“A woman must have money and a room of her own if she is to write fiction.”
― Virginia Woolf, A Room of One's Own
I first read A Room of One's Own more than thirty years ago. I thought it was brilliant then and still do - particularly because I so rarely have time to sit and think these days. It seems as if life is simply too full of electronic devices and responsibilities that necessarily take priority over creative activities.
I'm trying to change that - to spend less time on-line and more time with my thoughts. Instinctively, I know I need time for quiet reflection in order to recharge - which is one of the reasons I like running so much. However hard it feels physically, it provides opportunities to let my mind wander, to think about things that matter to me, and to explore creative ideas.
I read an interesting article lately that talked about why compassion may be in such short supply today. One of the theories is that, when people don't have time to daydream, they don't learn to empathize with other people. And, since they can't empathize, they can't feel compassion either. Of course, in a world of 24/7 connectivity - with more things to entertain and distract - fewer people take time to daydream, which may in turn mean the world will be less compassionate in future - a pretty depressing possibility if you ask me.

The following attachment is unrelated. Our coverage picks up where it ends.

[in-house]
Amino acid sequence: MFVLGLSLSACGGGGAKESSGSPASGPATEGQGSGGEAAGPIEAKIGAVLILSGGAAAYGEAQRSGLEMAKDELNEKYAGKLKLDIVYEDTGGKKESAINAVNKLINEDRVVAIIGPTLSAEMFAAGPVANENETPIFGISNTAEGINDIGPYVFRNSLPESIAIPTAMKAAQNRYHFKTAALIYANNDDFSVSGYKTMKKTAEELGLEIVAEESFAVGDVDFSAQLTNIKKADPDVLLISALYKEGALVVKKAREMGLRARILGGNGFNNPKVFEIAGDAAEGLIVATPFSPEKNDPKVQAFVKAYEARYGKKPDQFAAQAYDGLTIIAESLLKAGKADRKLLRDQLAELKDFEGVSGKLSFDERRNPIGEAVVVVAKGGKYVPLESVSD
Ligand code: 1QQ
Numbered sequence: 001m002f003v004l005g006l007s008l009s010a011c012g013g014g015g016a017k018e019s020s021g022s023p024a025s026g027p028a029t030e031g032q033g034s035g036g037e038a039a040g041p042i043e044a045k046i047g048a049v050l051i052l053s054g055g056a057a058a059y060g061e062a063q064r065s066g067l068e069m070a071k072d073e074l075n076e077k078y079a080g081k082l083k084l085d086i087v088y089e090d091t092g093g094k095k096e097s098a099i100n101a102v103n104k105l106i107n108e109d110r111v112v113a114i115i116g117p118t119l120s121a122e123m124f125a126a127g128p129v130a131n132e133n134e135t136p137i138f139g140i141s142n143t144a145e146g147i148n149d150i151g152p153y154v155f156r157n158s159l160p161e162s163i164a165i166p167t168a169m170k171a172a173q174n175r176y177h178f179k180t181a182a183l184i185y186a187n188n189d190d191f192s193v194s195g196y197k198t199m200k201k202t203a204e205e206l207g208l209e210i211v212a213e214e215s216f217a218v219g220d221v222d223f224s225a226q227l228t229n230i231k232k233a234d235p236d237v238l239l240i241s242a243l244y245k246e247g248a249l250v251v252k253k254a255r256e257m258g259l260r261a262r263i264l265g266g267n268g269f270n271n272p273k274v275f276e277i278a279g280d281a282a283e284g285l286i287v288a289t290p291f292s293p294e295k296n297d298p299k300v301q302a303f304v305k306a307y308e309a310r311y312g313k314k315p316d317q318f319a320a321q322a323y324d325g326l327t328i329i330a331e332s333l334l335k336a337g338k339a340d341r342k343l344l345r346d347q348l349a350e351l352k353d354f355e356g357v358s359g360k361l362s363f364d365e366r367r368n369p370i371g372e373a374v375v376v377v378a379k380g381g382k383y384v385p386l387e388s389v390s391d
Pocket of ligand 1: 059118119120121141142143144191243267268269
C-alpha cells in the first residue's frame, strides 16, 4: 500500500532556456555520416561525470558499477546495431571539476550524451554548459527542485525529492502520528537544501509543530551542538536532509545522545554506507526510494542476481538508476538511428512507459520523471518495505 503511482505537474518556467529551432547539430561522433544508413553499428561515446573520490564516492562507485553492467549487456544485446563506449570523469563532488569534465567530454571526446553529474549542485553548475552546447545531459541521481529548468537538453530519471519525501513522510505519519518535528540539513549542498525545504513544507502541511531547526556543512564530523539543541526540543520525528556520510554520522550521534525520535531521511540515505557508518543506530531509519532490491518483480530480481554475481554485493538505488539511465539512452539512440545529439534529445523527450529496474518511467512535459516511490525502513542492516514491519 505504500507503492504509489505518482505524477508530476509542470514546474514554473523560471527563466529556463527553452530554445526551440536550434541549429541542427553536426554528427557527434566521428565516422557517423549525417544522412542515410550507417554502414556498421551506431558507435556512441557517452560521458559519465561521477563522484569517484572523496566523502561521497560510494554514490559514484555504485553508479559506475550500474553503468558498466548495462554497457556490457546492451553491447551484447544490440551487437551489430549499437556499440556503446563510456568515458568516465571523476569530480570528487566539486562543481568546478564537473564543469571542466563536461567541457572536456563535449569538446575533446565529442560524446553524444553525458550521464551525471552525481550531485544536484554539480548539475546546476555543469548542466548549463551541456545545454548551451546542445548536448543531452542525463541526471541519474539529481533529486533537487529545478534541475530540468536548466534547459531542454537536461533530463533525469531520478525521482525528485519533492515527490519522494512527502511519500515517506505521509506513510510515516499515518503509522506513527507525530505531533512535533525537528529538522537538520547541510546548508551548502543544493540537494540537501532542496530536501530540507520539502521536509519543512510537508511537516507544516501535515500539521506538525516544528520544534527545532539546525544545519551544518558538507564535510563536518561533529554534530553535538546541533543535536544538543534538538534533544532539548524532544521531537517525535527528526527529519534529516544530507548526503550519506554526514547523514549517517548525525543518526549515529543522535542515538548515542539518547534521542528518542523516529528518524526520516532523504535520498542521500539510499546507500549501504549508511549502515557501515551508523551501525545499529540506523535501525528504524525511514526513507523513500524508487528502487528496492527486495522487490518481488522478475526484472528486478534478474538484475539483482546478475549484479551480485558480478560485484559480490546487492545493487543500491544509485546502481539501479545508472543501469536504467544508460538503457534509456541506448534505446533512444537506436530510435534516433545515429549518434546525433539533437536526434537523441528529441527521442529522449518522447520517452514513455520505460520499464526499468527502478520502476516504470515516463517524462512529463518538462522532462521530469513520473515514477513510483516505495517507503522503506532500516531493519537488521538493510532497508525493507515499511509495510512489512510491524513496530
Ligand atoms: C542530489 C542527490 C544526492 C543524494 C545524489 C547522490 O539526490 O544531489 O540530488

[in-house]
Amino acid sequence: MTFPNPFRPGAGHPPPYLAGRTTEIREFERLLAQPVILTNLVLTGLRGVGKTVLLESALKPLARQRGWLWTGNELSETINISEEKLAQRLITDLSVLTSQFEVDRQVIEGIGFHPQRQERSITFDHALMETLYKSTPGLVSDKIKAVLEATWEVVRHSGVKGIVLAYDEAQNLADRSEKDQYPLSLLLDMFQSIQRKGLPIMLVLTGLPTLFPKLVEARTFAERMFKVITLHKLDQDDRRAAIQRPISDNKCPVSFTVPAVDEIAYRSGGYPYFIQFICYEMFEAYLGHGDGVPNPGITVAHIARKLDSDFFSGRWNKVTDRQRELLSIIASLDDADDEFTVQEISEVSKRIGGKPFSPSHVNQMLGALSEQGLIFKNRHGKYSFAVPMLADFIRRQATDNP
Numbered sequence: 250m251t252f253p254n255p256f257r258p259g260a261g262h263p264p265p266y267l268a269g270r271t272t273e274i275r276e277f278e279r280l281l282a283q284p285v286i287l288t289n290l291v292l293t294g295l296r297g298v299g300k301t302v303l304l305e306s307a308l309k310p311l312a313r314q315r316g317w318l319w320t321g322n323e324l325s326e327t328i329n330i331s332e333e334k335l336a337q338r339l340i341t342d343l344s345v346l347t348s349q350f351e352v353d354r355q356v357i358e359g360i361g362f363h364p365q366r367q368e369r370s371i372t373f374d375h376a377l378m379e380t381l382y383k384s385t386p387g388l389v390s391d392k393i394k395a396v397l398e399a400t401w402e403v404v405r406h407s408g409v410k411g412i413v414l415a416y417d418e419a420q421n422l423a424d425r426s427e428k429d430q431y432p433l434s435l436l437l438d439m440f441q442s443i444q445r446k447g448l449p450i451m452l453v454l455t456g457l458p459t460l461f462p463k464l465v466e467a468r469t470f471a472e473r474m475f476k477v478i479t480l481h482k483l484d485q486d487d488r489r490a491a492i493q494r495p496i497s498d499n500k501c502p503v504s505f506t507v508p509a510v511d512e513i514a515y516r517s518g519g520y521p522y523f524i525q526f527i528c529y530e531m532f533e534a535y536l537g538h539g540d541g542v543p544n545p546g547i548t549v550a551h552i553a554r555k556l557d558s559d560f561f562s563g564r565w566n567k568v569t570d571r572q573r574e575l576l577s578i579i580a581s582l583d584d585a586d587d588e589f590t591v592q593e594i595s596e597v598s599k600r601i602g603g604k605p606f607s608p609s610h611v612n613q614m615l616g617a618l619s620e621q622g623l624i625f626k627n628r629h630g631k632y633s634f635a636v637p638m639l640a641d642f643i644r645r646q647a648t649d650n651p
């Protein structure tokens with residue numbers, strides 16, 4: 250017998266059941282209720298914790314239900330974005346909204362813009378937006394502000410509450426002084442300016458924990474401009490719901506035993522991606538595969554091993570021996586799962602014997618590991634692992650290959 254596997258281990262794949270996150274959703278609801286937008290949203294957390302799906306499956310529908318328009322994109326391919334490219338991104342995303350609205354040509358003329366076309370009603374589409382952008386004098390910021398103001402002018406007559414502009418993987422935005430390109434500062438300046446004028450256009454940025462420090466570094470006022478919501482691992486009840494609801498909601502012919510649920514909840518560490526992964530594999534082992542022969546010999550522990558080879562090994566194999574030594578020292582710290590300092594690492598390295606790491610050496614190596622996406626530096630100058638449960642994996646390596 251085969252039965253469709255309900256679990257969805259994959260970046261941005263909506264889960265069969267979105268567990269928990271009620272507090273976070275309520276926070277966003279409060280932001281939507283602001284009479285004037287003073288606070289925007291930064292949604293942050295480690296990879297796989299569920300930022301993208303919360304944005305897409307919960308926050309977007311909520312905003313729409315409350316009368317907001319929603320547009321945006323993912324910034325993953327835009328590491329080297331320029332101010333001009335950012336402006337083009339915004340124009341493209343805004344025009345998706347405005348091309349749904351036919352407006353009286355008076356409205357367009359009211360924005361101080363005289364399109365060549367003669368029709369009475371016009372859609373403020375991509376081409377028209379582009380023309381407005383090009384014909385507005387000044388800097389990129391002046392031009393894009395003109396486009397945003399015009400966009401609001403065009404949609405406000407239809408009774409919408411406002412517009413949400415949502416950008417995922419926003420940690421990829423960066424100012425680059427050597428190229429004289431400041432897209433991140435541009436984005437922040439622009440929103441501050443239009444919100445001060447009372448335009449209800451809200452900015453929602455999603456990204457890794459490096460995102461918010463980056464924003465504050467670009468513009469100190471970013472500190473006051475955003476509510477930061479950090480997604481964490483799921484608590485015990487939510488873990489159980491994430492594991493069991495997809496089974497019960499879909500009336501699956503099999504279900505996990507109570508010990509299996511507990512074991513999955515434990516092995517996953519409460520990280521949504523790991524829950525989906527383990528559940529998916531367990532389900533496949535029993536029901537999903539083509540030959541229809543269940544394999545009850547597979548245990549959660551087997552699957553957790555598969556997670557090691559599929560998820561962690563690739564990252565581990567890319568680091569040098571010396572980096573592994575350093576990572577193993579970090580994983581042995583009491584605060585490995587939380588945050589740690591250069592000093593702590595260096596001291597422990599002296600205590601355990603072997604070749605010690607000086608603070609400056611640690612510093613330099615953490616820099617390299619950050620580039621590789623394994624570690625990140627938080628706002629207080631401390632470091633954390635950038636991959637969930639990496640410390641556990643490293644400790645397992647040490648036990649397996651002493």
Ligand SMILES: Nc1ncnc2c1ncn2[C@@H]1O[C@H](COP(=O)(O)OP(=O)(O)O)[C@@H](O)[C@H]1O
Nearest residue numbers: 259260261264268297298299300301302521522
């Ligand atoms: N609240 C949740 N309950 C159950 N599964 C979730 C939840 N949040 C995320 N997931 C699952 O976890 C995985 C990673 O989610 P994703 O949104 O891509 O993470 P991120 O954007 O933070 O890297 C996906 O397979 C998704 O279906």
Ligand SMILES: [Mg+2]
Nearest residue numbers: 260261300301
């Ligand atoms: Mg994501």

In any case, from a personal perspective, the lack of time on my own has been getting to me lately. Don't get me wrong. I love hanging out with Husband. It's just that I spend all day every day interacting with people at the office and need a little solitude now and again to recharge and work on writing and other projects without interruption.
With that in mind, Husband and I spent a good part of yesterday afternoon turning an unused bedroom into "a room of my own". As I write this, I'm sitting at the table we brought up from the basement to use as a desk. Though small, the room's got plenty of natural light and two windows that offer views of the majestic pines that surround our house, which I can stop to admire whenever I need a break. I must say it feels remarkably good to have this little space of my own.
My friend Rob (a terrific illustrator and musician) recently reminded me that I don't need the perfect space, the best tools or unlimited time to be creative. I need only to give myself permission to create wherever, whenever and in whatever way I can. By taking a few minutes to capture writing ideas in a notebook. Or by grabbing a quick photo with my smart phone. Or by doodling an image on the corner of a memo. Or by writing a short blog post...even when I don't feel I have much to say.
Having my own room won't automatically mean I spend more time daydeaming or working on creative projects. That will happen only if I turn off my devices and start making time for those things. But it is at least a symbol of my intention to spend more time feeding my soul so that I'm better equipped to live my life as I'd like to - with much more empathy, compassion and creativity.
Happy running and writing, friends.